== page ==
I grew up hungry. There wasn’t a lot of food in the pantry, there wasn’t a lot of time for love. I grew up “working class” and was raised by my siblings, because my parents worked so much. When they got home from the odd jobs they worked, they’d put Spaghetti-o’s on the table and tried to get me to drink milk more. It was my sister who taught me to tie my shoes, frustrated one morning when I didn’t want to go to kindergarten, the laces trailing behind me and tears welling in my eyes. I already felt like a failure at six years old. She grabbed my laces and taught me with patience, we got on the bus and she held my hand until I calmed down. A lot has changed between us, and that’s the last time we were tender to each other. A lot has changed, but I still get worked up so easily.
I grew up poor. I grew up poor and I didn’t even know it. I grew up poor and knew no other way. I grew up poor when my parents worked four jobs and resented them years later for being too tired to listen to my day, my stories, my dreams of being a famous writer and never seeing them again. I grew up poor and never helped my mom around the house. When she needed it most. When she was so exhausted, she’d fall asleep at the dinner table. When she wasn’t herself for so many years, fighting the good fight. She worked in a freezer once, in a grocery warehouse. My dad took a job once stuffing coupons into newspapers. They did it for us. They tried to make ends meet, to tie my laces and keep me young. All of this in Kentucky, where my brother stepped on a nail and he didn’t want to tell our parents, in case it cost too much to fix. I asked him about it while I was in North Carolina in June. He still has the scar, and I still have the memory of the sacrifices everyone made, and how I was happy to be too young to understand them all.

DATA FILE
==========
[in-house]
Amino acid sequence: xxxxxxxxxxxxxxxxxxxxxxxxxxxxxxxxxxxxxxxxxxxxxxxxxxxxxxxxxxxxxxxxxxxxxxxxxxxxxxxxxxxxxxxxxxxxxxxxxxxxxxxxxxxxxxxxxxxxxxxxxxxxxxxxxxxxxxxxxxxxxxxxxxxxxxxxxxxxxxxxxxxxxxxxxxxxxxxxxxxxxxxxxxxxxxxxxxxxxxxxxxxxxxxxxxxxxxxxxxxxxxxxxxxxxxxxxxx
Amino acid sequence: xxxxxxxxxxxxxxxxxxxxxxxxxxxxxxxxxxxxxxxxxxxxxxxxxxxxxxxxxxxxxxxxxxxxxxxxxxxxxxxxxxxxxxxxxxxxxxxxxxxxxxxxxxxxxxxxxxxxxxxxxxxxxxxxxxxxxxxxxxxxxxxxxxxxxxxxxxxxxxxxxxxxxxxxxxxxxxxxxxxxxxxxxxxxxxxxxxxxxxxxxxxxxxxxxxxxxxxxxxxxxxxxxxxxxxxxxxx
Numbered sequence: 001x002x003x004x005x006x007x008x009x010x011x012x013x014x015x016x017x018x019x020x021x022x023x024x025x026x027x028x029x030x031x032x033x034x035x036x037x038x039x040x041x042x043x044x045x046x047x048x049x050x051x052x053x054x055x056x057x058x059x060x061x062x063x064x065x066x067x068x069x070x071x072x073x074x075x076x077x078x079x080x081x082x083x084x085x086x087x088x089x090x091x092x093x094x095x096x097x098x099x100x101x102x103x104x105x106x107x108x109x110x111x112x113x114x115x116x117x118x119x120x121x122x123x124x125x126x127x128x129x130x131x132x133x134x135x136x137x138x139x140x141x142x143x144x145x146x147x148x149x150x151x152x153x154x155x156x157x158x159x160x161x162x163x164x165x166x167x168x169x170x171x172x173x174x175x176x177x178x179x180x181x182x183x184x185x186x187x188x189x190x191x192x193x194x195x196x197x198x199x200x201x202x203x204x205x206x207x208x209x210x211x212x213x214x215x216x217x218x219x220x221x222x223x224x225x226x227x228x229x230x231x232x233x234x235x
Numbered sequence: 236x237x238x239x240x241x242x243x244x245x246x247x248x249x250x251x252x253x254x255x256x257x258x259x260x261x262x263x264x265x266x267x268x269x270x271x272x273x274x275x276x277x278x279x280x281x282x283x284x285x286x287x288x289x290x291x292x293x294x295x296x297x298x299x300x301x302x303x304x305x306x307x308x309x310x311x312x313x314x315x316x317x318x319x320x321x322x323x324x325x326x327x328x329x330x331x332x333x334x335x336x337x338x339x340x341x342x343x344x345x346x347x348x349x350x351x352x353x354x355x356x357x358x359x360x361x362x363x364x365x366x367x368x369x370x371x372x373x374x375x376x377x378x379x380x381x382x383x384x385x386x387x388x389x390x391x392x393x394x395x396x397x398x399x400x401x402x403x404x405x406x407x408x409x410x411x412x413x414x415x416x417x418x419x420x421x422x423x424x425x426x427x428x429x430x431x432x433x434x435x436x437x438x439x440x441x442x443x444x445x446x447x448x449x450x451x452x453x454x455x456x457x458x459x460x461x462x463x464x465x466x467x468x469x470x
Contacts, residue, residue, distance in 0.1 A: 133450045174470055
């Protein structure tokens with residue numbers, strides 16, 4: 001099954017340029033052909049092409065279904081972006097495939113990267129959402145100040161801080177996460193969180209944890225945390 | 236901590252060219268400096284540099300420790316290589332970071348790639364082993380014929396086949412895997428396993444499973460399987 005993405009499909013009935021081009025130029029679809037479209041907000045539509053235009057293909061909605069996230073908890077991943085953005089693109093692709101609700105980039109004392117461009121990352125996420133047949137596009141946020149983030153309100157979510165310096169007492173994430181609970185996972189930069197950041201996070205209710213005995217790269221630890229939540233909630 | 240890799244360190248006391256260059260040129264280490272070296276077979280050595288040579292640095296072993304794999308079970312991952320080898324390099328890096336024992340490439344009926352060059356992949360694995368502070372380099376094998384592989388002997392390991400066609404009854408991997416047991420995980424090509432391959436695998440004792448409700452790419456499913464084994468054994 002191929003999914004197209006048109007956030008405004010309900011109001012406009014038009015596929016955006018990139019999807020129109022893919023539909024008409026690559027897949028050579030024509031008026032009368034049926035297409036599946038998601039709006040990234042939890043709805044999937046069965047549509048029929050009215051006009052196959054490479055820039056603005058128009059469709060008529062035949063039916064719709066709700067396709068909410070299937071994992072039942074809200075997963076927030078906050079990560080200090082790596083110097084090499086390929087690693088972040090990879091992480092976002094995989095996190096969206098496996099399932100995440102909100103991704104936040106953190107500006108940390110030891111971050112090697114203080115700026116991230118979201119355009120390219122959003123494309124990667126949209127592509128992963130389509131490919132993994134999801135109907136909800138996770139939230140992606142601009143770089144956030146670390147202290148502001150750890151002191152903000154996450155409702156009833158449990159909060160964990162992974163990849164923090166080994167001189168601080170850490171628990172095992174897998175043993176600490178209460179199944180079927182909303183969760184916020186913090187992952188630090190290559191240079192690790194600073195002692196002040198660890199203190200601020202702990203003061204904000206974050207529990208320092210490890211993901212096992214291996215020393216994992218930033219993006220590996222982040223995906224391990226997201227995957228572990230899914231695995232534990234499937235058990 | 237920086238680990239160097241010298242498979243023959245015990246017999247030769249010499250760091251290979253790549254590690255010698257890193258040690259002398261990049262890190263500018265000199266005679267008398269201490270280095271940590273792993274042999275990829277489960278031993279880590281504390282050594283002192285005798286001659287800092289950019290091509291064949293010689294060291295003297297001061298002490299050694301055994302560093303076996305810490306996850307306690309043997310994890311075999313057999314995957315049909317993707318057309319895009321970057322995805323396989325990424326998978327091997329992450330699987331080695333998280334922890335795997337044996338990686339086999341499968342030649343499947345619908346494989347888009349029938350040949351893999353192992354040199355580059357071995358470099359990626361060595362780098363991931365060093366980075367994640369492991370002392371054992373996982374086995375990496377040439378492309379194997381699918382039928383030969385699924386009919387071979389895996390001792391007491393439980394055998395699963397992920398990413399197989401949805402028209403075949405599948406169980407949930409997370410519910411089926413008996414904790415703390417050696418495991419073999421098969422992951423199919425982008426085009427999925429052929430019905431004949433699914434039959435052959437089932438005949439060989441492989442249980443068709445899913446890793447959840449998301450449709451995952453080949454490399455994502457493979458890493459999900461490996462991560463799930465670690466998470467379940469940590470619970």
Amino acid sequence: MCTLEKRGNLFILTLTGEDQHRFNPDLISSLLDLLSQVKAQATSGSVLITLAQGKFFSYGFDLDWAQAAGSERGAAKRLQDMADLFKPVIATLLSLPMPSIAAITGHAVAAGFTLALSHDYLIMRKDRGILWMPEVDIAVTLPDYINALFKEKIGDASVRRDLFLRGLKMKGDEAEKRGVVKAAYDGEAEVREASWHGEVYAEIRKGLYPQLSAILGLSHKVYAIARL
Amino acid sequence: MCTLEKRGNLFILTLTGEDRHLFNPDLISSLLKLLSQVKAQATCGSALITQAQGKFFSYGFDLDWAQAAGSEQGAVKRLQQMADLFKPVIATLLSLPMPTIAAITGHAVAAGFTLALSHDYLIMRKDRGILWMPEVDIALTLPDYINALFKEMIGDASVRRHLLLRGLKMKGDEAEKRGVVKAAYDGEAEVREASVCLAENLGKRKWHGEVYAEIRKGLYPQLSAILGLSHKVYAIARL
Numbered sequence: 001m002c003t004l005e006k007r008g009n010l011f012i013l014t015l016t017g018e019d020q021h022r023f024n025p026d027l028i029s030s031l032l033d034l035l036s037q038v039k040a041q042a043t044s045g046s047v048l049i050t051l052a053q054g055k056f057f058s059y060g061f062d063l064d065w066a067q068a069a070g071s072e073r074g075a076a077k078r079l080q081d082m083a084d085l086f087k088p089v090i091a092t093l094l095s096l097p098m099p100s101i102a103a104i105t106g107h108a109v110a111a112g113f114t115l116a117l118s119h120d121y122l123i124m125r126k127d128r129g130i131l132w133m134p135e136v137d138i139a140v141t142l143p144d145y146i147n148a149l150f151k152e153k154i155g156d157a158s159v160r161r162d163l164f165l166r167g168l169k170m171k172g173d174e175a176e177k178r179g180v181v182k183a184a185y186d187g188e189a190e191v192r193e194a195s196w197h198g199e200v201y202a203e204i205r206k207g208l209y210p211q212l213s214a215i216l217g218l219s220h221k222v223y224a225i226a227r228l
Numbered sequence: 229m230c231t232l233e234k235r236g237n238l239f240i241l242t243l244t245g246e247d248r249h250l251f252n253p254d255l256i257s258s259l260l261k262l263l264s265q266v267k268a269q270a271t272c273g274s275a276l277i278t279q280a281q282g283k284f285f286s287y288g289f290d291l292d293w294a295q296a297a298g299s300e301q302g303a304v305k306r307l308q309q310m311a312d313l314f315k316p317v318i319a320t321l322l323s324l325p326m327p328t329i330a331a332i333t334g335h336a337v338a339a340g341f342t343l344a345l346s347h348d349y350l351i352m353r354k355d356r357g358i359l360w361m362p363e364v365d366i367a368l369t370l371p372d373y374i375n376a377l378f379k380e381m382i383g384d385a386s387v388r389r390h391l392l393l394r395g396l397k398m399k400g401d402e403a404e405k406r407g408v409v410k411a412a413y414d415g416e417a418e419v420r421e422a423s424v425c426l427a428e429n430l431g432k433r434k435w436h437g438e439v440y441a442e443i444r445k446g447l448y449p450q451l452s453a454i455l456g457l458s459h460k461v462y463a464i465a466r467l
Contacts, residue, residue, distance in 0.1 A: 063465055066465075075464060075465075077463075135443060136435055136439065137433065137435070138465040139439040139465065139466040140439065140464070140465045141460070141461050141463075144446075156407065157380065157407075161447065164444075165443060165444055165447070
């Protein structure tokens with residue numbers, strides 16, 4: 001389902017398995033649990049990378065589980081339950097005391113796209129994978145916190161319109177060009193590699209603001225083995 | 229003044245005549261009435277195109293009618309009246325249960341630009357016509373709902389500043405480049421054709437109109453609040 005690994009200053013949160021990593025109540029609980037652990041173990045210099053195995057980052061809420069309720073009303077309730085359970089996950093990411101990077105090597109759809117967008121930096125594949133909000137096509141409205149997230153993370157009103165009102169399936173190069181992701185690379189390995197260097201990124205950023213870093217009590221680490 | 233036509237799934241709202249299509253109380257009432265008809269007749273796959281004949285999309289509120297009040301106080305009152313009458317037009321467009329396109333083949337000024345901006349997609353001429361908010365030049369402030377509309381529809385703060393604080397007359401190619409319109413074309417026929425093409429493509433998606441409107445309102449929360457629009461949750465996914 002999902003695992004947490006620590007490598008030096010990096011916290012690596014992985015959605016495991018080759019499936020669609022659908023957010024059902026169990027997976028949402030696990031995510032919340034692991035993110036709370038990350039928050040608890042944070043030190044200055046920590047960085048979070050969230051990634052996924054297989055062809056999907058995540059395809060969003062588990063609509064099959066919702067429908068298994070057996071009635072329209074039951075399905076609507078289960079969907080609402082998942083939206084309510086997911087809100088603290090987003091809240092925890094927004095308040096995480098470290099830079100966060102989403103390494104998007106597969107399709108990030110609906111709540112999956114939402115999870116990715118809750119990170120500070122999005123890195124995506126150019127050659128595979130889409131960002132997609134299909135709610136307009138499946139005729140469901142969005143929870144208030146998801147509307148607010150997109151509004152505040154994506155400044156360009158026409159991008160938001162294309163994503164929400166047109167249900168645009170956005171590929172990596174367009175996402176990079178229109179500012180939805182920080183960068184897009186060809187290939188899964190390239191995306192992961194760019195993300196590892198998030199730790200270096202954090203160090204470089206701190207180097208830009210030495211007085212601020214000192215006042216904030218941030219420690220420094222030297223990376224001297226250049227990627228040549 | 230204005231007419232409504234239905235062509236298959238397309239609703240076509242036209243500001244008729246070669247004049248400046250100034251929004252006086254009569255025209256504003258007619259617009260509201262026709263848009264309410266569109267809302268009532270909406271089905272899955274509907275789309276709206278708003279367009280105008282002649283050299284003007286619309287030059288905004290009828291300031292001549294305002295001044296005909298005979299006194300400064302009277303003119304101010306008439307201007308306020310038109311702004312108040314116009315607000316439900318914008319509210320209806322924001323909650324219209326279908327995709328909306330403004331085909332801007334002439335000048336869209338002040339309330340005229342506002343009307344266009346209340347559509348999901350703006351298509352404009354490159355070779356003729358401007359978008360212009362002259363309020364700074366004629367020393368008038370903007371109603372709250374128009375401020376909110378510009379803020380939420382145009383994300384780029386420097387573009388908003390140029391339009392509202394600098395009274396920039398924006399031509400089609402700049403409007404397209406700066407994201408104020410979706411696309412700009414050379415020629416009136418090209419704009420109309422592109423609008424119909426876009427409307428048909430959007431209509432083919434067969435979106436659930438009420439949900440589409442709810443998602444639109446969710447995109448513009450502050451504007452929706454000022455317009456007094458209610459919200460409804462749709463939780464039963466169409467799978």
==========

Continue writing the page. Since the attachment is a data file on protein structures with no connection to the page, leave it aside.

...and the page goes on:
One thing I was kept young about was food and levels of flavor until I had moved out of rural Pennsylvania and into Pittsburgh (arguably, still rural Pennsylvania). Until then, I only knew about cake layers, pizza toppings, adding a little more cream to my coffee and calling it something French–I called that cooking. I didn’t know herbs existed in their green state, or that anything you saw at through the smudged bakery glass could be made at home. I didn’t know a lot of things, because my mother fed a family of five on a dollar-store budget.
We come from Indiana low-country, an often underrepresented class that subsists itself on eggs covered in ketchup, twenty-year grudges, and first marriages that never seem to stick. It’s a place where you can drive for twenty miles and still see the same rain cloud in the distance. A place where they get fresh water from a water tower, painted light blue and where kids climb to make out and smoke weed. It’s a place with a Dairy Queen and two cemeteries: the Catholic graveyard and the Baptist graveyard. A place where the elasticity of money means being creative, stocking a deepfreeze in the garage with bulk cuts of meat, and eating more preservatives than maybe a neighboring longitudinal town. It means knowing what tastes good and sharing it with your family of five, putting a little extra in the brown paper lunches you pack when the school’s get too expensive.